Media should do more on parliamentary impasse - President
May 11, 2002
Articles on the media
President Bharrat Jagdeo lambasted the media at the opening of the annual army officers' conference on Thursday, saying it only wanted to sensationalise issues instead of engaging in constructive debate.
Speaking about the current parliamentary impasse, the reasons behind it and the impact it had on the establishment of commissions, he opined that the media did not follow up this angle because "it requires too much work and research." The President did not single out any media house.
At the start of his address, the President told the conference that there were issues he would like deal with but would do so when the media was not present because he did not want his statements to be distorted in the news. "If the media distorts what I had to say, then I will have to live with it," the President said at the end of his address. He added: "They would say I bashed the media today, but I don't care."
President Jagdeo stated that there were no debates on why the parliamentary commissions were not established. He noted that the constitutional changes effected recently departed radically from countries which used the Westminster model of Parliament.
This brought about the institutionalising of the Human Rights Commission, the Indigenous Rights Commission, the Gender and Equality Commission, the Ethnic Relations Commission, and the Commission for the Rights of the Child. He said these commissions had far-reaching powers, which could be used for the benefit of the people.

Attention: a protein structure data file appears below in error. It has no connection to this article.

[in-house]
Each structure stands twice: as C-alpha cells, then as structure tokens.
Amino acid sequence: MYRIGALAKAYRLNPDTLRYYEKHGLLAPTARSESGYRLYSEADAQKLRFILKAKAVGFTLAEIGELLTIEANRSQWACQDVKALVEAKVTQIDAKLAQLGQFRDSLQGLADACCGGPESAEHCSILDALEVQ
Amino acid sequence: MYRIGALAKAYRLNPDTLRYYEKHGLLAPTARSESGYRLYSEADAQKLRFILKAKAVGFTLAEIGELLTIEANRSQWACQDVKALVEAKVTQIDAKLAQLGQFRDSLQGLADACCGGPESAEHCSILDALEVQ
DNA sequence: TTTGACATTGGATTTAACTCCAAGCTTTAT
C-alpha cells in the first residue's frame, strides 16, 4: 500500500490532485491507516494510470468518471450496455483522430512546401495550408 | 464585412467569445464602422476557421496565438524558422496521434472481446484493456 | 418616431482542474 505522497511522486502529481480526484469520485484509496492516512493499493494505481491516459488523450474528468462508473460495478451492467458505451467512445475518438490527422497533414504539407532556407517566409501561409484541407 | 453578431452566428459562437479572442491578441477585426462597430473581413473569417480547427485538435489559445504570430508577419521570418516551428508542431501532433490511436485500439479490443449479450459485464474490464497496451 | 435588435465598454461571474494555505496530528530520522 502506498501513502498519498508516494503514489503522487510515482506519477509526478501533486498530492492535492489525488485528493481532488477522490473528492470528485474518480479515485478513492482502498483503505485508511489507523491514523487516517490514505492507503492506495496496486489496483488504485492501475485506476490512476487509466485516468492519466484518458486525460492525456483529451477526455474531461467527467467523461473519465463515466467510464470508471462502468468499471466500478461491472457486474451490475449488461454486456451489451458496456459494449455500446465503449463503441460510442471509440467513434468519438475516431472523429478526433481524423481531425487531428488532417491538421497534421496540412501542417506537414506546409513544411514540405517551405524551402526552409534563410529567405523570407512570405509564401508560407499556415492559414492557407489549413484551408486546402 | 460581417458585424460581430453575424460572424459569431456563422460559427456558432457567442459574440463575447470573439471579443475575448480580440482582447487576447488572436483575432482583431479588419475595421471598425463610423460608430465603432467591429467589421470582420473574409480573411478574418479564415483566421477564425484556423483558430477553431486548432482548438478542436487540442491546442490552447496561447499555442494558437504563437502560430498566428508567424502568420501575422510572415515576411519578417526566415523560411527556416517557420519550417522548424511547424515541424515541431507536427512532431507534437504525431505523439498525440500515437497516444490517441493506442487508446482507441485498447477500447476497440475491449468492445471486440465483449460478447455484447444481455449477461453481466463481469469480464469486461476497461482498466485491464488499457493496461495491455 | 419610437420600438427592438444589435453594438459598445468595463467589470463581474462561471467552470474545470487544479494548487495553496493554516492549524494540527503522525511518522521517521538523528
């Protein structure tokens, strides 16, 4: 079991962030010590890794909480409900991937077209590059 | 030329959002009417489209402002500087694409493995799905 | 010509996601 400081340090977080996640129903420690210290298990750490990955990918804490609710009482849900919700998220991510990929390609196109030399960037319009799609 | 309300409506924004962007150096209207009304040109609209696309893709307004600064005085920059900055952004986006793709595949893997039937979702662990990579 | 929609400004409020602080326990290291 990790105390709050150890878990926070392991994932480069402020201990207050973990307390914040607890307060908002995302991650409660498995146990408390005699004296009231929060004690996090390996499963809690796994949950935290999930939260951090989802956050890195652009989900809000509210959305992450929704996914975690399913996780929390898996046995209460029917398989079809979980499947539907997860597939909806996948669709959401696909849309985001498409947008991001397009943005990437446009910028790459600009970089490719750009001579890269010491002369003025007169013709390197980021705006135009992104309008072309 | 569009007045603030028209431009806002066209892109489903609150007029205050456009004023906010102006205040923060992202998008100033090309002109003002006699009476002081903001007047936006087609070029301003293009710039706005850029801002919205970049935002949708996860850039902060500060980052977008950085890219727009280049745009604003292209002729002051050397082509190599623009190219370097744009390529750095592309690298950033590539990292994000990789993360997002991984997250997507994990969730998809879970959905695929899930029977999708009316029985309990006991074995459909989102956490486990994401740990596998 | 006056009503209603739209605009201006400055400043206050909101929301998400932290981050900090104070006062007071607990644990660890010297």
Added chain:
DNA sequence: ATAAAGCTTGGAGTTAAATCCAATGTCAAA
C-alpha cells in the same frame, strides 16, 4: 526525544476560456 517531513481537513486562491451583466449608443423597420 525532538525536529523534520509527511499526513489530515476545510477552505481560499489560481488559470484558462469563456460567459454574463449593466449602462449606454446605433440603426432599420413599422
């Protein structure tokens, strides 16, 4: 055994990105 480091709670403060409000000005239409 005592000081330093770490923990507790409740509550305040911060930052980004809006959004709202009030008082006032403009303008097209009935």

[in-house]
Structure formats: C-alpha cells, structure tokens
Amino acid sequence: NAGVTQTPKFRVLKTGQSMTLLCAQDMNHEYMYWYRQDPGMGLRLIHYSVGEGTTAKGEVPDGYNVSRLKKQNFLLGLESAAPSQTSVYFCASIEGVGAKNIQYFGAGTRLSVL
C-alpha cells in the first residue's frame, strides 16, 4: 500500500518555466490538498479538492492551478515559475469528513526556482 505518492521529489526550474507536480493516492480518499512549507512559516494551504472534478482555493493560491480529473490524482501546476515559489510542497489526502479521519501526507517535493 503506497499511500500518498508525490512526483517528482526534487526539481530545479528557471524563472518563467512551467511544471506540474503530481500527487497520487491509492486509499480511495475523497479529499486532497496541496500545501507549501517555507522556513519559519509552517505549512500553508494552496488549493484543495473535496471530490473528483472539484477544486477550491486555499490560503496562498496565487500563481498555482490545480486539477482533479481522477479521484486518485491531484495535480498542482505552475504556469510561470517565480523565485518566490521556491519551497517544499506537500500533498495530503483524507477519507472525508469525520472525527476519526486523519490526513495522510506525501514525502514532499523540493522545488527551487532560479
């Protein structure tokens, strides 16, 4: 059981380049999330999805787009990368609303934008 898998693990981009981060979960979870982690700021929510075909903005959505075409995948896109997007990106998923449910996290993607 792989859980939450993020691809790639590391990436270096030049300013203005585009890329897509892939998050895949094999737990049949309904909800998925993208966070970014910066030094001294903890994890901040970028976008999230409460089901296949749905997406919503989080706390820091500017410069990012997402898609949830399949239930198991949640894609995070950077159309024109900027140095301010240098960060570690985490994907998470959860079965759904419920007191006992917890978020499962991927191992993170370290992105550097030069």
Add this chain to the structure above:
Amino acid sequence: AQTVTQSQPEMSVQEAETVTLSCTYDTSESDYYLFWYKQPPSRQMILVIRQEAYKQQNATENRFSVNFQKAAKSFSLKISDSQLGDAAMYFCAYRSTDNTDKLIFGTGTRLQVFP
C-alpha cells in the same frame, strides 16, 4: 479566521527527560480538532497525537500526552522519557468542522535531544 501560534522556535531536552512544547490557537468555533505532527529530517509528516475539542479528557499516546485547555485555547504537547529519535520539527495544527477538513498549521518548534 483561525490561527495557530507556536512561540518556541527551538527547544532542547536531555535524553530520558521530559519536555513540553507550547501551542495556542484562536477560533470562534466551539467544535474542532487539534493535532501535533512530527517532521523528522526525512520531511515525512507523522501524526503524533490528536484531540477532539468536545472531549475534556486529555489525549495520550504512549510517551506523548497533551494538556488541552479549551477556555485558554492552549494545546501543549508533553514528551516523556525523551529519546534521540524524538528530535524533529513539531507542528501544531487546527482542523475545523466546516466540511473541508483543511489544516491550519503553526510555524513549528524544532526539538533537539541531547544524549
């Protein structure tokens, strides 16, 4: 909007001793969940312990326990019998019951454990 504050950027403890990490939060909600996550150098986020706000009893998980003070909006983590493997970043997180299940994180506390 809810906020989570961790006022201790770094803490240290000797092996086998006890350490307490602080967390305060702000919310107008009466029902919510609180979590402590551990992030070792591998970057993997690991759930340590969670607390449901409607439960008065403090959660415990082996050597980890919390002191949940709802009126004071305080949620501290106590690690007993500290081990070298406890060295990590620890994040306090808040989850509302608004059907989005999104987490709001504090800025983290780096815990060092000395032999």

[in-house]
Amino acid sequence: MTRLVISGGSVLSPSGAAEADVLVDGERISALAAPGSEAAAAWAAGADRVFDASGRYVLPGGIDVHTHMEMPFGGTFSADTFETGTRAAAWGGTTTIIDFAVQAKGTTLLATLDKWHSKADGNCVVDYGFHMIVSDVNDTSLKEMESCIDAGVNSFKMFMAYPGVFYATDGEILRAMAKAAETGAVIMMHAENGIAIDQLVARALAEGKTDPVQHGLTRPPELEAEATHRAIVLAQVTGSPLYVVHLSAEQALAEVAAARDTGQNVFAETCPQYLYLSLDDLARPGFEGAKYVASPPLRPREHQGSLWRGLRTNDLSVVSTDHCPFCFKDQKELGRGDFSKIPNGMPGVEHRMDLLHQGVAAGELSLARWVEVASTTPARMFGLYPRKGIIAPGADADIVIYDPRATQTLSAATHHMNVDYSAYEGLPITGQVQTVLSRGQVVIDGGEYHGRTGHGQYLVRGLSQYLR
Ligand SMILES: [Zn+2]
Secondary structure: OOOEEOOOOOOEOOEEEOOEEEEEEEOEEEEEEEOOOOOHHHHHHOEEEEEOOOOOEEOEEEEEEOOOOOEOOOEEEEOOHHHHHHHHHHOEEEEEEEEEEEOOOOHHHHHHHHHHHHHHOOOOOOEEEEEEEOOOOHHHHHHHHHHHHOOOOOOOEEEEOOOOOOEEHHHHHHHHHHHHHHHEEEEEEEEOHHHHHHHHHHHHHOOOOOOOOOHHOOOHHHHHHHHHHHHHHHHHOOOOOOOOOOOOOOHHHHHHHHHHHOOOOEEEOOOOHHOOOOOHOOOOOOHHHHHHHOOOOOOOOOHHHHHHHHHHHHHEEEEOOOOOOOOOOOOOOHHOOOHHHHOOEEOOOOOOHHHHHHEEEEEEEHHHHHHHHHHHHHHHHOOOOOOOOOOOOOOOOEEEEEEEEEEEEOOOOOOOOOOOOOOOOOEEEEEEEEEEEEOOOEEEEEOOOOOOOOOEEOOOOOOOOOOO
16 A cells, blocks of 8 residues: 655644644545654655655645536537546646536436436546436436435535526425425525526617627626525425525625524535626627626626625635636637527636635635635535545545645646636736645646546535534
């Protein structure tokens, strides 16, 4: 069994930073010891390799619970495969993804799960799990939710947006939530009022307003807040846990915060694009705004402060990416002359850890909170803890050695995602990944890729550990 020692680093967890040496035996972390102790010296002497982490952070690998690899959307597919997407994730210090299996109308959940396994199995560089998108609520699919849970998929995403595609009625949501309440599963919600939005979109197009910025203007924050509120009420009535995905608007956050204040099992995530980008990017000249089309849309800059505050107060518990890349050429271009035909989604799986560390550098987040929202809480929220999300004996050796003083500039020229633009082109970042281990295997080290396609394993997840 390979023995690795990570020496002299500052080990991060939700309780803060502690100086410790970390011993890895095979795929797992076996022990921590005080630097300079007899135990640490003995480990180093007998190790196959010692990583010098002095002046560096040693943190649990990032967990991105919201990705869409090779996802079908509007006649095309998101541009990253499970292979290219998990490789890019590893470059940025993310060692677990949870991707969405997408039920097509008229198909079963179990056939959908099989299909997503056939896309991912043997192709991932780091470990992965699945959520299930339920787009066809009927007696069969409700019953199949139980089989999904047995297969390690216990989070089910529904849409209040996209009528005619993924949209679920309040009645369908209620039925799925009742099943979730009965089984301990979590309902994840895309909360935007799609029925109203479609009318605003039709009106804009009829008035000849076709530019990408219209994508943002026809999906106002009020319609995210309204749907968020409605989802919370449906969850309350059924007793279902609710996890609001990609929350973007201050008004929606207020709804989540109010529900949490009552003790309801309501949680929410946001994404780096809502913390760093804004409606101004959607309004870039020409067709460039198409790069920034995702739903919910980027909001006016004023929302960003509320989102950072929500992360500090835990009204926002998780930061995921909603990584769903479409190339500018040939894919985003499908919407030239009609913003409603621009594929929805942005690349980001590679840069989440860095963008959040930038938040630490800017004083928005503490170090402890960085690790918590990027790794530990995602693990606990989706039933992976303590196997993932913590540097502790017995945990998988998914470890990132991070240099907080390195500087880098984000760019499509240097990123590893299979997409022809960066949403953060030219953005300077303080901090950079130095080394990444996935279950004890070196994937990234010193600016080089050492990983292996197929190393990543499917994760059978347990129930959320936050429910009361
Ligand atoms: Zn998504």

He declared that his government was ready to establish the commissions but the process has been stalled. The service commissions have also not been established.
The President stated that the inter-party dialogue was important to a country like Guyana.
He said even though the experiment of multi-party governments in South Africa, Yugoslavia, and Ireland failed miserably these could only thrive where there was trust and the rule of law. He said Guyana had a wonderful opportunity at the level of Parliament but this has not been taken up.
Speaking about the crime situation and related matters, President Jagdeo noted that Guyanese had strong feelings about preserving the country's territorial integrity but lamented that Guyana was being destroyed from within. "Many things are happening. Guyana is gradually sliding into chaos if (these are) not addressed," he said.
The head of state declared that enclaves for criminals must not be allowed.
He said it was a recipe for disaster and stated that if criminals were allowed to be the new heroes for the children then Guyana was in a bad shape.
He said it would haunt whoever was in government and the society would never realise its true potential.